In 1908, prominent architect Samuel Maclure was hired by James and Laura Dunsmuir to design their family retirement home, Hatley Castle. Maclure’s task was to design and construct a home that would serve both James and Laura's needs. James wanted the exterior to look like a medieval castle that would be a refuge from the business world; where he could spend time fishing, hunting and playing the role of a gentleman farmer. Laura wanted the inside to be like Government House where she could entertain and accommodate her large family and staff. In just 18 months, the results of Maclure’s dedicated work was a 200’x86’x82’ masterpiece featuring a Norman tower with two Tudor‐revival wings on either side. On May 1st, 1910 the Dunsmuirs officially moved in to Hatley Castle, then the largest private residence on the west coast.
The portico‐like structure at the building’s main entrance is called the Porte‐cochère meaning carriage door or carriage‐porch. This provided access for a horse and carriage or motor vehicle to pass, in order for the occupants to alight under cover, protected from the weather. The stepping stones across from the oak double‐doors are used for getting on and off a horse.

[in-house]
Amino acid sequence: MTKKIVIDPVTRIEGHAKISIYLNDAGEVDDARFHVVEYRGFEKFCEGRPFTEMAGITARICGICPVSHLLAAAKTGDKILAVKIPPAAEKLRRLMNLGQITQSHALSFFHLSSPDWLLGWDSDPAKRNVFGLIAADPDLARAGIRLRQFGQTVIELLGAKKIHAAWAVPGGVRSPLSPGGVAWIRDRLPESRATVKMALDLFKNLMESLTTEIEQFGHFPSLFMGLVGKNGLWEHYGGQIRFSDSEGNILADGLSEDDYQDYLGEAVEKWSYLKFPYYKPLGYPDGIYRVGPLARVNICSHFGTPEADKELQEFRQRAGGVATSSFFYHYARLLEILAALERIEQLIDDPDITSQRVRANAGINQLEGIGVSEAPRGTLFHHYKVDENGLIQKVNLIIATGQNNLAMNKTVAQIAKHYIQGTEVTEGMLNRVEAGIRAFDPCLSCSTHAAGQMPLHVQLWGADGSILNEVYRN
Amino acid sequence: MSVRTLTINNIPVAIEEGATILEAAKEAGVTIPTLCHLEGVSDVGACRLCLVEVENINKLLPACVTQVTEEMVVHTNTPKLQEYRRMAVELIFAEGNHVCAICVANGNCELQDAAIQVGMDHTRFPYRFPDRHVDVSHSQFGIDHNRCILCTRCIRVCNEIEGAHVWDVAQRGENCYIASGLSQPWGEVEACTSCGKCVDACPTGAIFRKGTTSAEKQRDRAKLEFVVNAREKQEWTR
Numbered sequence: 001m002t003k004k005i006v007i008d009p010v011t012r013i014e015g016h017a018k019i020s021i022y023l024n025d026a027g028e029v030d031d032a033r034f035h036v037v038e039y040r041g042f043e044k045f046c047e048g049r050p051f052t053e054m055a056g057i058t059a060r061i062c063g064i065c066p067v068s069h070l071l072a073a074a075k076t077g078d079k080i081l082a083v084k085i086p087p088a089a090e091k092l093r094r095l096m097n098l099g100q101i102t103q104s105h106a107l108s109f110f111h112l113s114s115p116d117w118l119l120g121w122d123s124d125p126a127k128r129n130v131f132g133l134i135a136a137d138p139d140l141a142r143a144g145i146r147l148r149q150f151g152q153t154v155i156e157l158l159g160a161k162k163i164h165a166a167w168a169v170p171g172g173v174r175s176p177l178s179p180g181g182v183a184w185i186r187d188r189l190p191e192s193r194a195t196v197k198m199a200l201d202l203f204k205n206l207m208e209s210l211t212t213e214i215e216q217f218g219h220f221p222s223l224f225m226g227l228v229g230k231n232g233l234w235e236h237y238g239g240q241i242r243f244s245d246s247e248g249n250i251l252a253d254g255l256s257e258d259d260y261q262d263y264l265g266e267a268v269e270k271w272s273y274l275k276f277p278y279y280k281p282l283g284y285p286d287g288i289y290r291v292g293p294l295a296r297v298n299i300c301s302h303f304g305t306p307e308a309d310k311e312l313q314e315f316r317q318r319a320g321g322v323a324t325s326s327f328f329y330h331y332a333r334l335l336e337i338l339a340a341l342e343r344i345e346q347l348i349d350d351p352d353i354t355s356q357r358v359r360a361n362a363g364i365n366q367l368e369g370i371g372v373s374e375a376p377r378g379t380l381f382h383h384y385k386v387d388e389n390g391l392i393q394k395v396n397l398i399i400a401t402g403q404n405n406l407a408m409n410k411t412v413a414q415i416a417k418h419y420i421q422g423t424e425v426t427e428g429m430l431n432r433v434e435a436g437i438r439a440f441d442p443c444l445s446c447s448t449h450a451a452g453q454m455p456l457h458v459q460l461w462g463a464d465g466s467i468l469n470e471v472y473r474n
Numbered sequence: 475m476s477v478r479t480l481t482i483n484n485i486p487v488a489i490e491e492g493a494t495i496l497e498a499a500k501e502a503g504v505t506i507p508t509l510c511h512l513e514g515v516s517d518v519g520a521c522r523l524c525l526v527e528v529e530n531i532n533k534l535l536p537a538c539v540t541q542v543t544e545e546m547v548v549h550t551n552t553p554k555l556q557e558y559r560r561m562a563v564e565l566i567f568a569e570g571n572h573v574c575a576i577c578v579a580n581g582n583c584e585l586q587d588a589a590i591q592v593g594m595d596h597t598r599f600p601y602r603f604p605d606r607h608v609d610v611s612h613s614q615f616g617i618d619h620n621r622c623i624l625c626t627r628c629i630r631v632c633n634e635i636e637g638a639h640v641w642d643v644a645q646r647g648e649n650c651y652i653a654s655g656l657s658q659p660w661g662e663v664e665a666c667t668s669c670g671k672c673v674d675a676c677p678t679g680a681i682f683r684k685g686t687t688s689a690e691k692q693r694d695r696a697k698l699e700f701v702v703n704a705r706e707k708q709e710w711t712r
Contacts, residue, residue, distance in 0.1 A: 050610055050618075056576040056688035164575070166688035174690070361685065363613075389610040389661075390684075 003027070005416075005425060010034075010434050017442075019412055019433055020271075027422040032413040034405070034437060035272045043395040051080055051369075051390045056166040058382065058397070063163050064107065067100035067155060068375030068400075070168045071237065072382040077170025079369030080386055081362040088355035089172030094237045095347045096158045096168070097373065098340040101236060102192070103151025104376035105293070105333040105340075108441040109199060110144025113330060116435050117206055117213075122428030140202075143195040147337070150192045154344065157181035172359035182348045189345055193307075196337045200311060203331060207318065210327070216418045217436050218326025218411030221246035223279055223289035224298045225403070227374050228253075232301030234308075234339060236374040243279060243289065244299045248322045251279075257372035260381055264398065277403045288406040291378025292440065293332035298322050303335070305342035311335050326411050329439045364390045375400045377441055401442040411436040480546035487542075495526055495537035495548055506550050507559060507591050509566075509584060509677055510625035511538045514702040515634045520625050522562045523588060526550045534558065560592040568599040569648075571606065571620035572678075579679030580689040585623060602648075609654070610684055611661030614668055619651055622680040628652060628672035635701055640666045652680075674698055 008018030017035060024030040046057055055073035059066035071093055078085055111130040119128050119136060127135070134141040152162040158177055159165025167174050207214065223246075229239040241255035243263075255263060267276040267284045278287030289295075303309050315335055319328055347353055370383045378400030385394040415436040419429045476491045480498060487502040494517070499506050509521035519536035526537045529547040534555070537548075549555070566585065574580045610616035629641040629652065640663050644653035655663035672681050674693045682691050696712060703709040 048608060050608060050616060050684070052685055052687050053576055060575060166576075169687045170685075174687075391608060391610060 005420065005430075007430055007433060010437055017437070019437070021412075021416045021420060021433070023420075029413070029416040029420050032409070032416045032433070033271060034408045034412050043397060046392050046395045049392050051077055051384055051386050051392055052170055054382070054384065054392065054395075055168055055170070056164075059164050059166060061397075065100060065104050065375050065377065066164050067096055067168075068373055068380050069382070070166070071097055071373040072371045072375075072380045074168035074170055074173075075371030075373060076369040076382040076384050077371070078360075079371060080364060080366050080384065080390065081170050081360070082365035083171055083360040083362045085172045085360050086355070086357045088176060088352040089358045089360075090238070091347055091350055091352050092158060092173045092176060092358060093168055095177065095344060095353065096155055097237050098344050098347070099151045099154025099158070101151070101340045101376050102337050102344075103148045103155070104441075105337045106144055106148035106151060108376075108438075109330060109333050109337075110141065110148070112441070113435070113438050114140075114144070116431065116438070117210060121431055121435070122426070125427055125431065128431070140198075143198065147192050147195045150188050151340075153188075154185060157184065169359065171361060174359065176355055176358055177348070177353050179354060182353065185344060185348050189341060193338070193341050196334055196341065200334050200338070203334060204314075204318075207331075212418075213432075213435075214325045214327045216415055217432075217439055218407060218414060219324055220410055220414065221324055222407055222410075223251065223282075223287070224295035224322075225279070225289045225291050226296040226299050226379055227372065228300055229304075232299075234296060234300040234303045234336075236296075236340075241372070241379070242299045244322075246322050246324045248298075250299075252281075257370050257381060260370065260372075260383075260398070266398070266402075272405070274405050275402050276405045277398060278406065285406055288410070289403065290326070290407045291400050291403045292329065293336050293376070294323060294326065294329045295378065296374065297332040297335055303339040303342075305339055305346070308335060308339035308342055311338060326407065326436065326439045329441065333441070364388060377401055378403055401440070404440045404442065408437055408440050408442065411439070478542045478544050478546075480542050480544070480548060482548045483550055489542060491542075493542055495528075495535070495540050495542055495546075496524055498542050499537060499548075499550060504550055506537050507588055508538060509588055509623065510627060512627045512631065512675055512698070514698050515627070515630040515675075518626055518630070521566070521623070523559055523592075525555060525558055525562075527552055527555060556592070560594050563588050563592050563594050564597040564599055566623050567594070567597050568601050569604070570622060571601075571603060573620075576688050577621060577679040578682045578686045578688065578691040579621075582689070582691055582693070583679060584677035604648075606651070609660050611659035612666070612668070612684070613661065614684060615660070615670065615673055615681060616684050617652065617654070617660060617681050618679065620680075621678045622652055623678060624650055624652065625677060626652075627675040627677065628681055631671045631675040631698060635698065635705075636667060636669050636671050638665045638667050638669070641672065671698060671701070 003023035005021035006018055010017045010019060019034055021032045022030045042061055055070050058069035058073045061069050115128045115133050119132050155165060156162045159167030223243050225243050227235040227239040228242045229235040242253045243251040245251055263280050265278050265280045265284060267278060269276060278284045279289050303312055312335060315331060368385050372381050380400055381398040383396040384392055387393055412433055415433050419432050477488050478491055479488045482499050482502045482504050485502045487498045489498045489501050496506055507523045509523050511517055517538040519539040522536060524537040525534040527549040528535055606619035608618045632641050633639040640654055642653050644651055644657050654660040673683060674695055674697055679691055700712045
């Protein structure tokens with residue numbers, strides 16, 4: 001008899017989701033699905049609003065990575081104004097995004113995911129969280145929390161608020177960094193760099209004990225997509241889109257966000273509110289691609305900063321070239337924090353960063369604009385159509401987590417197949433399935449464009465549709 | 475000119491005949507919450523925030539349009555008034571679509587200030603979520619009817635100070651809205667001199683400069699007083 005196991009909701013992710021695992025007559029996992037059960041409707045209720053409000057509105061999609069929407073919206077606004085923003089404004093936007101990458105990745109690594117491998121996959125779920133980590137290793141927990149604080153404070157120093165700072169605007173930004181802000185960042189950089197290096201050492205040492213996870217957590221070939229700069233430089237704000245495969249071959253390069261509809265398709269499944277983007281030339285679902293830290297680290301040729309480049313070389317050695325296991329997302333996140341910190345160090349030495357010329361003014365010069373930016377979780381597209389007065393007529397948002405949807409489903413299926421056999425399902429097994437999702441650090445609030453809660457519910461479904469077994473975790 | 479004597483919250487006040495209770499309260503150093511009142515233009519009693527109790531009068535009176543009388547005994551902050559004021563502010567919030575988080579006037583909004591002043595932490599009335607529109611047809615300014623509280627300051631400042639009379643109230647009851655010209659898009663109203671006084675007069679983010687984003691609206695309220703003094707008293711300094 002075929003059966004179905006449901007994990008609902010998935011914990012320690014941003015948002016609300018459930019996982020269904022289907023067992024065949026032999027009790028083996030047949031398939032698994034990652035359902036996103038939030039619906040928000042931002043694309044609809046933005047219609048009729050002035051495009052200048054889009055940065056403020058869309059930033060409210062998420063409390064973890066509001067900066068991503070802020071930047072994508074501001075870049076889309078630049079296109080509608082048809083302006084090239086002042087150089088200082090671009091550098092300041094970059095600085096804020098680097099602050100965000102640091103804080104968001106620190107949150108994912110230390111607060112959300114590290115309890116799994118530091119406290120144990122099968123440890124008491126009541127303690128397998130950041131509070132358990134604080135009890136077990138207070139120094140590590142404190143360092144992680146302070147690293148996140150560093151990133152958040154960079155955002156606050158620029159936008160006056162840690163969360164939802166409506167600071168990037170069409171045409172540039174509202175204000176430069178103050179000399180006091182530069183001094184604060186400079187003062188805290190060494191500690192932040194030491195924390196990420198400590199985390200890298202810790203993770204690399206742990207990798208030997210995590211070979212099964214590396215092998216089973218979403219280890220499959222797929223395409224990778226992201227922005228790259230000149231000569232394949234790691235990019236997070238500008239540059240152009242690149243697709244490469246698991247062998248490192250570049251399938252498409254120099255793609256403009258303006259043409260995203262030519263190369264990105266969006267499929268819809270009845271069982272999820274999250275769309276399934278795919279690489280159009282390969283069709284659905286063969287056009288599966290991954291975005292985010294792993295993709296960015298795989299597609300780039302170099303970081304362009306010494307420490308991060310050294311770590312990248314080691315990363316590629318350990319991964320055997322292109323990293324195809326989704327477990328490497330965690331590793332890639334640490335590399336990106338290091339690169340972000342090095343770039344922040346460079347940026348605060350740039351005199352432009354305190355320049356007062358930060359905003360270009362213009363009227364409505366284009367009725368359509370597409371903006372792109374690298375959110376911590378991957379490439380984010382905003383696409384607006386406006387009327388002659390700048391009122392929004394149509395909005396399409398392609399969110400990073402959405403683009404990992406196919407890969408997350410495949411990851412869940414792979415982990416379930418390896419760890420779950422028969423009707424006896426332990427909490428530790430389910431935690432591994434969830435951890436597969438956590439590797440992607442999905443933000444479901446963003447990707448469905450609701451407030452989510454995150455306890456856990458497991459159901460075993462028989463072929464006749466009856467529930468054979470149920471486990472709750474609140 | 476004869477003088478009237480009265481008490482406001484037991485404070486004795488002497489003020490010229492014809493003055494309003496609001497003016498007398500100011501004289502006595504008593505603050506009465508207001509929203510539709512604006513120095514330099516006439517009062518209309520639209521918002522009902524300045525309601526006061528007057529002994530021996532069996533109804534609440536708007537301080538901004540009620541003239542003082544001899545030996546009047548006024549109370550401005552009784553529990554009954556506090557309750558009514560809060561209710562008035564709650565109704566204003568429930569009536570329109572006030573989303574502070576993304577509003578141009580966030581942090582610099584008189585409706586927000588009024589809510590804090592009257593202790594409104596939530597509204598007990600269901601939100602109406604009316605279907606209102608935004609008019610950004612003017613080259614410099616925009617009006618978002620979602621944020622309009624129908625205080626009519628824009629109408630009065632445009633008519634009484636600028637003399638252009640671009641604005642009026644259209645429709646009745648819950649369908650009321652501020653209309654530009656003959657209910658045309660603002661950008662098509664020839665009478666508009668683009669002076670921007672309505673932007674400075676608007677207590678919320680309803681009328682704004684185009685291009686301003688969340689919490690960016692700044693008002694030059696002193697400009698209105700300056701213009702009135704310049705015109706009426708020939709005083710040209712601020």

The main doors are made of oak with brass door handles featuring Scottish rampant lions. The stone carving above the door features James Dunsmuir’s initials surrounded by Scottish thistle. The medieval busts on either side of the door indicate the gender distinction of the first floor’s east and west wings – east meant ladies’ wing, west meant men’s wing. The bronze doorbell figure has a definite Art Nouveau influence.
As one enters, the Grand Hall is Elizabethan, or Tudor Revival, in style, featuring half‐paneled/half‐plaster walls, vaulted ceilings, heavy oak beams and a 'pointed arches' pattern which runs up and down the banisters, across the minstrel gallery, and above the stairwells. The stone fireplace is carved from rose‐colored sandstone brought from Flagstaff, Arizona. It is the first of seven wood‐burning fireplaces found on the castle’s first floor; all of which are designed to be inefficient – because the building is actually heated by a steam‐based central heating system.
The drawing room - Greek Revival - was where Laura Dunsmuir entertained her society friends. The room is 1200 square feet with 16‐foot ceilings; “the size of a modest three‐bedroom home.”
Two sets of double French doors lead out to the terrace where one overlooks the spectacular view of the grounds, Esquimalt Lagoon, the Straits of San Juan de Fuca, and the Olympic Mountains.
When the family moved into the house in 1910, only six of ten children were still living at home; the four older children were already married. The four east wing bedrooms were children’s rooms, as was one of the west wing rooms; the four remaining west wing rooms were three guest rooms and a dressing room. All the children’s bedrooms had sculptured ceilings and lovely views of the gardens and the lagoon.